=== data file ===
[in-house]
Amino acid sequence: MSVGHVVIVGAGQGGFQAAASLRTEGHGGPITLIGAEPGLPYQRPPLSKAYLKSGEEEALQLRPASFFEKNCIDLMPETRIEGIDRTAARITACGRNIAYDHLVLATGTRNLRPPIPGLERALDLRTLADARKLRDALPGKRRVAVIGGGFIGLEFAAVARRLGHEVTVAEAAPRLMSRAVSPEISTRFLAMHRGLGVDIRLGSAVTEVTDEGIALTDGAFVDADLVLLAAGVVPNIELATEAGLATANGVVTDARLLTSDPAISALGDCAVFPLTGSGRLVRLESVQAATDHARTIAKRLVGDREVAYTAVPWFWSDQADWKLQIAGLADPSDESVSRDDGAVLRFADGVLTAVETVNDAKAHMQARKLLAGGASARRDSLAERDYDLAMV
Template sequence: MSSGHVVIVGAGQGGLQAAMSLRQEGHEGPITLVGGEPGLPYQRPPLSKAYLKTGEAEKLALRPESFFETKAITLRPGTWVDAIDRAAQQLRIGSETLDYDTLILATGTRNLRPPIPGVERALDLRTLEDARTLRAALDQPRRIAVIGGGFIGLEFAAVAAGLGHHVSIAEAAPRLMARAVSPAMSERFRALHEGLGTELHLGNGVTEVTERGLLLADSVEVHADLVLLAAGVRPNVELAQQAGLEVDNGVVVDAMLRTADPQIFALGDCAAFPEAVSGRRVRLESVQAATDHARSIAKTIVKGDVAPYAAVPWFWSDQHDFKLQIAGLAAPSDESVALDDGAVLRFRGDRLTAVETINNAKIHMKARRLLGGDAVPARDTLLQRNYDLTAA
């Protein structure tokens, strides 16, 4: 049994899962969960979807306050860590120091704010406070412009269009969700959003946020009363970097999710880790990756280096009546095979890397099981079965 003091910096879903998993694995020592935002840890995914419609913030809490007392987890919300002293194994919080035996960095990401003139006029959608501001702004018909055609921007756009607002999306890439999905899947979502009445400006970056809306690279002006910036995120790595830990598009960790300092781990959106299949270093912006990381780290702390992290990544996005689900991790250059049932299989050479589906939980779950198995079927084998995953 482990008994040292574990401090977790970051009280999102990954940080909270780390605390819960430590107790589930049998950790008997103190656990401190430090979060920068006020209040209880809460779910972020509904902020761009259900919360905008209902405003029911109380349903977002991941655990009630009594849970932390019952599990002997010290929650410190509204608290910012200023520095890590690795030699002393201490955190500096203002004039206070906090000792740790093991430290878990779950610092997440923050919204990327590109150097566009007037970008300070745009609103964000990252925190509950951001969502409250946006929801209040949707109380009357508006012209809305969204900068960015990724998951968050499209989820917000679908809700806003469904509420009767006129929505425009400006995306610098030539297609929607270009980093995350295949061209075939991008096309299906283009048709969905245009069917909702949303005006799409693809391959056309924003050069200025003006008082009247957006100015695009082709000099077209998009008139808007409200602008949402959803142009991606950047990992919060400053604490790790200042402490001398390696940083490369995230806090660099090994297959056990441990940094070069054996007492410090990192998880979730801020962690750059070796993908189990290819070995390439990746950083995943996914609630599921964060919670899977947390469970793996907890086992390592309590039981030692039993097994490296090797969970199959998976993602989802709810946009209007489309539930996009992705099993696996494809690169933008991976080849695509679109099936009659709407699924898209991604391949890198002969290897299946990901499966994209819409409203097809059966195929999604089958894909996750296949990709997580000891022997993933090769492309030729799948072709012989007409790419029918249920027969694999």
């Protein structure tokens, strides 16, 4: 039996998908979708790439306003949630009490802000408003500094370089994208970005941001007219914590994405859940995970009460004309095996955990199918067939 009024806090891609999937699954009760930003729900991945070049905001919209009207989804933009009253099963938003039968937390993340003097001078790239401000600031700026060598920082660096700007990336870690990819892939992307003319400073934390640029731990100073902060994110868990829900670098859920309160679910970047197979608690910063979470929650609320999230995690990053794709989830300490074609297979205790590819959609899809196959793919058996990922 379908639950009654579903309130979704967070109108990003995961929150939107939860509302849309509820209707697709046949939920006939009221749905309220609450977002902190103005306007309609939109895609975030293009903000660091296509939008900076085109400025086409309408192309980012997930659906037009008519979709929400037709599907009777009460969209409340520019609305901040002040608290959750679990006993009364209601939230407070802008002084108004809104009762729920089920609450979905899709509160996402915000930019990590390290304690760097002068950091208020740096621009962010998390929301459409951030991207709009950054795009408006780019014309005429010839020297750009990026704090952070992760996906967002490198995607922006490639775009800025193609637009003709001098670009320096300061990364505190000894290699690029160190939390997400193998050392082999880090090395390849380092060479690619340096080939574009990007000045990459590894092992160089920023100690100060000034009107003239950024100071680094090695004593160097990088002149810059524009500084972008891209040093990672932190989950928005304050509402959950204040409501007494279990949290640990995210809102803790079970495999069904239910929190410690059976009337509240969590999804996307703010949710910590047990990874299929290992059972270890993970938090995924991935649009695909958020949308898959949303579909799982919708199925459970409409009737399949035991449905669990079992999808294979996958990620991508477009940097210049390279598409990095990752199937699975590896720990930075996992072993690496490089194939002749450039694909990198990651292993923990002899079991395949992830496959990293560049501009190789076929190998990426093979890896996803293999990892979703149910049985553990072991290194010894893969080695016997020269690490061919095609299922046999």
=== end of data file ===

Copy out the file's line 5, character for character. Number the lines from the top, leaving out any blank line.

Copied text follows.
């Protein structure tokens, strides 16, 4: 039996998908979708790439306003949630009490802000408003500094370089994208970005941001007219914590994405859940995970009460004309095996955990199918067939 009024806090891609999937699954009760930003729900991945070049905001919209009207989804933009009253099963938003039968937390993340003097001078790239401000600031700026060598920082660096700007990336870690990819892939992307003319400073934390640029731990100073902060994110868990829900670098859920309160679910970047197979608690910063979470929650609320999230995690990053794709989830300490074609297979205790590819959609899809196959793919058996990922 379908639950009654579903309130979704967070109108990003995961929150939107939860509302849309509820209707697709046949939920006939009221749905309220609450977002902190103005306007309609939109895609975030293009903000660091296509939008900076085109400025086409309408192309980012997930659906037009008519979709929400037709599907009777009460969209409340520019609305901040002040608290959750679990006993009364209601939230407070802008002084108004809104009762729920089920609450979905899709509160996402915000930019990590390290304690760097002068950091208020740096621009962010998390929301459409951030991207709009950054795009408006780019014309005429010839020297750009990026704090952070992760996906967002490198995607922006490639775009800025193609637009003709001098670009320096300061990364505190000894290699690029160190939390997400193998050392082999880090090395390849380092060479690619340096080939574009990007000045990459590894092992160089920023100690100060000034009107003239950024100071680094090695004593160097990088002149810059524009500084972008891209040093990672932190989950928005304050509402959950204040409501007494279990949290640990995210809102803790079970495999069904239910929190410690059976009337509240969590999804996307703010949710910590047990990874299929290992059972270890993970938090995924991935649009695909958020949308898959949303579909799982919708199925459970409409009737399949035991449905669990079992999808294979996958990620991508477009940097210049390279598409990095990752199937699975590896720990930075996992072993690496490089194939002749450039694909990198990651292993923990002899079991395949992830496959990293560049501009190789076929190998990426093979890896996803293999990892979703149910049985553990072991290194010894893969080695016997020269690490061919095609299922046999």